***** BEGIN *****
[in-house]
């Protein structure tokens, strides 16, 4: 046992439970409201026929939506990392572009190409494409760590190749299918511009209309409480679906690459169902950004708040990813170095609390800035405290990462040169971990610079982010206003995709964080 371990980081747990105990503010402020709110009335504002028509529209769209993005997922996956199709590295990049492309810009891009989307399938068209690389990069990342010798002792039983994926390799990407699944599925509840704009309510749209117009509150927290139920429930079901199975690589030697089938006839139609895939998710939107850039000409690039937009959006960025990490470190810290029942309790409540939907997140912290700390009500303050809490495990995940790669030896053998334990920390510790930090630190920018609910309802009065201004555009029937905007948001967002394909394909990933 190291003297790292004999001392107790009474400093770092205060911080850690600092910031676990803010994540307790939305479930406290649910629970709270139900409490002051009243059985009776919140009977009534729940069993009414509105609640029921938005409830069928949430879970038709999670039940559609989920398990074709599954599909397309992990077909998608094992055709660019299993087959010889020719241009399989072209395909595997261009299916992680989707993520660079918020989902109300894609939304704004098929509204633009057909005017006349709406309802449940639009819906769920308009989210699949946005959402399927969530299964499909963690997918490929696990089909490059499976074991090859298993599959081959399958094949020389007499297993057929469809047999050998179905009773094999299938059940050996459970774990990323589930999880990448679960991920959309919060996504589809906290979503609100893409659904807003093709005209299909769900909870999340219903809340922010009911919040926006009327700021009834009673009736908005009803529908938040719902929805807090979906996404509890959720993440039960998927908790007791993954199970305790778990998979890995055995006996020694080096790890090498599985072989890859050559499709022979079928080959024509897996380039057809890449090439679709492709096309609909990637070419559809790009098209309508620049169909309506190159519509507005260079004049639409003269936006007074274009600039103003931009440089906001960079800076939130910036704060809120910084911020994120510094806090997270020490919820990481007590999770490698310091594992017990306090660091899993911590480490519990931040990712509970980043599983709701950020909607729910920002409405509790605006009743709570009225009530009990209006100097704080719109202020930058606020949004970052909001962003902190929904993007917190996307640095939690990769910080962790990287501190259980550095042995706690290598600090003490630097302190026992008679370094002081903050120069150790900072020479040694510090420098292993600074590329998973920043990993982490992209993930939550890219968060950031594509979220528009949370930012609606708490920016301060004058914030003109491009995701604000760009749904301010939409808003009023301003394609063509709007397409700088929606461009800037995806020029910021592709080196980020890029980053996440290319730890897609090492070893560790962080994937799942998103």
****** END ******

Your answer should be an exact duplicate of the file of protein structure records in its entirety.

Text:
[in-house]
């Protein structure tokens, strides 16, 4: 046992439970409201026929939506990392572009190409494409760590190749299918511009209309409480679906690459169902950004708040990813170095609390800035405290990462040169971990610079982010206003995709964080 371990980081747990105990503010402020709110009335504002028509529209769209993005997922996956199709590295990049492309810009891009989307399938068209690389990069990342010798002792039983994926390799990407699944599925509840704009309510749209117009509150927290139920429930079901199975690589030697089938006839139609895939998710939107850039000409690039937009959006960025990490470190810290029942309790409540939907997140912290700390009500303050809490495990995940790669030896053998334990920390510790930090630190920018609910309802009065201004555009029937905007948001967002394909394909990933 190291003297790292004999001392107790009474400093770092205060911080850690600092910031676990803010994540307790939305479930406290649910629970709270139900409490002051009243059985009776919140009977009534729940069993009414509105609640029921938005409830069928949430879970038709999670039940559609989920398990074709599954599909397309992990077909998608094992055709660019299993087959010889020719241009399989072209395909595997261009299916992680989707993520660079918020989902109300894609939304704004098929509204633009057909005017006349709406309802449940639009819906769920308009989210699949946005959402399927969530299964499909963690997918490929696990089909490059499976074991090859298993599959081959399958094949020389007499297993057929469809047999050998179905009773094999299938059940050996459970774990990323589930999880990448679960991920959309919060996504589809906290979503609100893409659904807003093709005209299909769900909870999340219903809340922010009911919040926006009327700021009834009673009736908005009803529908938040719902929805807090979906996404509890959720993440039960998927908790007791993954199970305790778990998979890995055995006996020694080096790890090498599985072989890859050559499709022979079928080959024509897996380039057809890449090439679709492709096309609909990637070419559809790009098209309508620049169909309506190159519509507005260079004049639409003269936006007074274009600039103003931009440089906001960079800076939130910036704060809120910084911020994120510094806090997270020490919820990481007590999770490698310091594992017990306090660091899993911590480490519990931040990712509970980043599983709701950020909607729910920002409405509790605006009743709570009225009530009990209006100097704080719109202020930058606020949004970052909001962003902190929904993007917190996307640095939690990769910080962790990287501190259980550095042995706690290598600090003490630097302190026992008679370094002081903050120069150790900072020479040694510090420098292993600074590329998973920043990993982490992209993930939550890219968060950031594509979220528009949370930012609606708490920016301060004058914030003109491009995701604000760009749904301010939409808003009023301003394609063509709007397409700088929606461009800037995806020029910021592709080196980020890029980053996440290319730890897609090492070893560790962080994937799942998103």